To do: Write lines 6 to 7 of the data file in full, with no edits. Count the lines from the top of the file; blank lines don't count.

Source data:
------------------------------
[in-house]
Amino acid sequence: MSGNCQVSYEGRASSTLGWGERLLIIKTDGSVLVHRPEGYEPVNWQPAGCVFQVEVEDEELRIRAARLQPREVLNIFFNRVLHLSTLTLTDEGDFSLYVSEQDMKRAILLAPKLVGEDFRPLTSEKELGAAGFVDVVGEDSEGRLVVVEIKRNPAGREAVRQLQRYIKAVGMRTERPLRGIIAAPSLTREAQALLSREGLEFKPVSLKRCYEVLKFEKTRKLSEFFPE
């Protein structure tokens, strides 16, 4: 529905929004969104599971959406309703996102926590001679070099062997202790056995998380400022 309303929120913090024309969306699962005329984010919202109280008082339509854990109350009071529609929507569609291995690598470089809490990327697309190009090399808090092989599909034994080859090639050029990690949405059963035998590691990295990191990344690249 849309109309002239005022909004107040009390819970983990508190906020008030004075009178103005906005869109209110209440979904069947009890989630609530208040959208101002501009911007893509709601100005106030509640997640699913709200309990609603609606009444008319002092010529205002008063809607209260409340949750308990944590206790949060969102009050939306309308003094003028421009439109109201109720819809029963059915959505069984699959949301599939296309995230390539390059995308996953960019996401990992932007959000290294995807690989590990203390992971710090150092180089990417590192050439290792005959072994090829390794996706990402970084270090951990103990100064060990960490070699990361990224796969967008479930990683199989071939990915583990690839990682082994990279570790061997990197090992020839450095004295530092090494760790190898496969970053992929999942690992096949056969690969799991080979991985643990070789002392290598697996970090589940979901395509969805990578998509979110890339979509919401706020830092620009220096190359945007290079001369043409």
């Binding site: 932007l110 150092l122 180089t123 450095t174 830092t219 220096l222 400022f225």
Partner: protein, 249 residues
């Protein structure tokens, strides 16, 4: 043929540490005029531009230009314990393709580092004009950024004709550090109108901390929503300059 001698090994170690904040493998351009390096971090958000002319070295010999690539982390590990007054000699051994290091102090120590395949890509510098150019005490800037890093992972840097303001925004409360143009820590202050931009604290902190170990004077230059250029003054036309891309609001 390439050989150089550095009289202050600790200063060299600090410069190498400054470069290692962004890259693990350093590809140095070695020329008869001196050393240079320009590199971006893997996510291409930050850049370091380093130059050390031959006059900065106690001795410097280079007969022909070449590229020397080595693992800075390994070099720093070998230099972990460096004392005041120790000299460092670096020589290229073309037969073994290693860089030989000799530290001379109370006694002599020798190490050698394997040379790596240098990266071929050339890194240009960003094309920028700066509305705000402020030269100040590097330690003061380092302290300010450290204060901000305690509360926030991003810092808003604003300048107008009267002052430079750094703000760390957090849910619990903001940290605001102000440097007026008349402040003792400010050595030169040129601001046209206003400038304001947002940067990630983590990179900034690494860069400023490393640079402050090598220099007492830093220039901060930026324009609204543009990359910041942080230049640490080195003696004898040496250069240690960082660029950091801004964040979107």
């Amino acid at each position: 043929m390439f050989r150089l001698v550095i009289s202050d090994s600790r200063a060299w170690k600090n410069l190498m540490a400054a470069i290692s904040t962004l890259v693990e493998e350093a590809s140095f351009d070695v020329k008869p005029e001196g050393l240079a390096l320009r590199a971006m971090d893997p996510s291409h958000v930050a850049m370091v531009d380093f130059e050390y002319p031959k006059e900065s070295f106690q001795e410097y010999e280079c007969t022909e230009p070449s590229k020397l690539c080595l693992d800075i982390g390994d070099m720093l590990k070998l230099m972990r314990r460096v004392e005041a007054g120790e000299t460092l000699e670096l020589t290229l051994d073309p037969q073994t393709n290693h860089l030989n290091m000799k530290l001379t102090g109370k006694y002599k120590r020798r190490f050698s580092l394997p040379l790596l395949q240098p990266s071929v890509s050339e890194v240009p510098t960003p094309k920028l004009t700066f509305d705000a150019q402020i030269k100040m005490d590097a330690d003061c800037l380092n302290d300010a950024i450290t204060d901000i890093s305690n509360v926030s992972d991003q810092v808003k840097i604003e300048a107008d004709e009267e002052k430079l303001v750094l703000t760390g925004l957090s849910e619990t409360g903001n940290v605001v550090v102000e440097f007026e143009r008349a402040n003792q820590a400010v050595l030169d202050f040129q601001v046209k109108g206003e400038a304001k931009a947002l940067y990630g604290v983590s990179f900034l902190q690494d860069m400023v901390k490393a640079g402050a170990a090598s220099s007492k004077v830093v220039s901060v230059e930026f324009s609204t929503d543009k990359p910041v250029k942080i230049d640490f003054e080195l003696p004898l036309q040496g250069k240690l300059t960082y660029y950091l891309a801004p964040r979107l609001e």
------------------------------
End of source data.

């Protein structure tokens, strides 16, 4: 043929540490005029531009230009314990393709580092004009950024004709550090109108901390929503300059 001698090994170690904040493998351009390096971090958000002319070295010999690539982390590990007054000699051994290091102090120590395949890509510098150019005490800037890093992972840097303001925004409360143009820590202050931009604290902190170990004077230059250029003054036309891309609001 390439050989150089550095009289202050600790200063060299600090410069190498400054470069290692962004890259693990350093590809140095070695020329008869001196050393240079320009590199971006893997996510291409930050850049370091380093130059050390031959006059900065106690001795410097280079007969022909070449590229020397080595693992800075390994070099720093070998230099972990460096004392005041120790000299460092670096020589290229073309037969073994290693860089030989000799530290001379109370006694002599020798190490050698394997040379790596240098990266071929050339890194240009960003094309920028700066509305705000402020030269100040590097330690003061380092302290300010450290204060901000305690509360926030991003810092808003604003300048107008009267002052430079750094703000760390957090849910619990903001940290605001102000440097007026008349402040003792400010050595030169040129601001046209206003400038304001947002940067990630983590990179900034690494860069400023490393640079402050090598220099007492830093220039901060930026324009609204543009990359910041942080230049640490080195003696004898040496250069240690960082660029950091801004964040979107």
């Amino acid at each position: 043929m390439f050989r150089l001698v550095i009289s202050d090994s600790r200063a060299w170690k600090n410069l190498m540490a400054a470069i290692s904040t962004l890259v693990e493998e350093a590809s140095f351009d070695v020329k008869p005029e001196g050393l240079a390096l320009r590199a971006m971090d893997p996510s291409h958000v930050a850049m370091v531009d380093f130059e050390y002319p031959k006059e900065s070295f106690q001795e410097y010999e280079c007969t022909e230009p070449s590229k020397l690539c080595l693992d800075i982390g390994d070099m720093l590990k070998l230099m972990r314990r460096v004392e005041a007054g120790e000299t460092l000699e670096l020589t290229l051994d073309p037969q073994t393709n290693h860089l030989n290091m000799k530290l001379t102090g109370k006694y002599k120590r020798r190490f050698s580092l394997p040379l790596l395949q240098p990266s071929v890509s050339e890194v240009p510098t960003p094309k920028l004009t700066f509305d705000a150019q402020i030269k100040m005490d590097a330690d003061c800037l380092n302290d300010a950024i450290t204060d901000i890093s305690n509360v926030s992972d991003q810092v808003k840097i604003e300048a107008d004709e009267e002052k430079l303001v750094l703000t760390g925004l957090s849910e619990t409360g903001n940290v605001v550090v102000e440097f007026e143009r008349a402040n003792q820590a400010v050595l030169d202050f040129q601001v046209k109108g206003e400038a304001k931009a947002l940067y990630g604290v983590s990179f900034l902190q690494d860069m400023v901390k490393a640079g402050a170990a090598s220099s007492k004077v830093v220039s901060v230059e930026f324009s609204t929503d543009k990359p910041v250029k942080i230049d640490f003054e080195l003696p004898l036309q040496g250069k240690l300059t960082y660029y950091l891309a801004p964040r979107l609001e």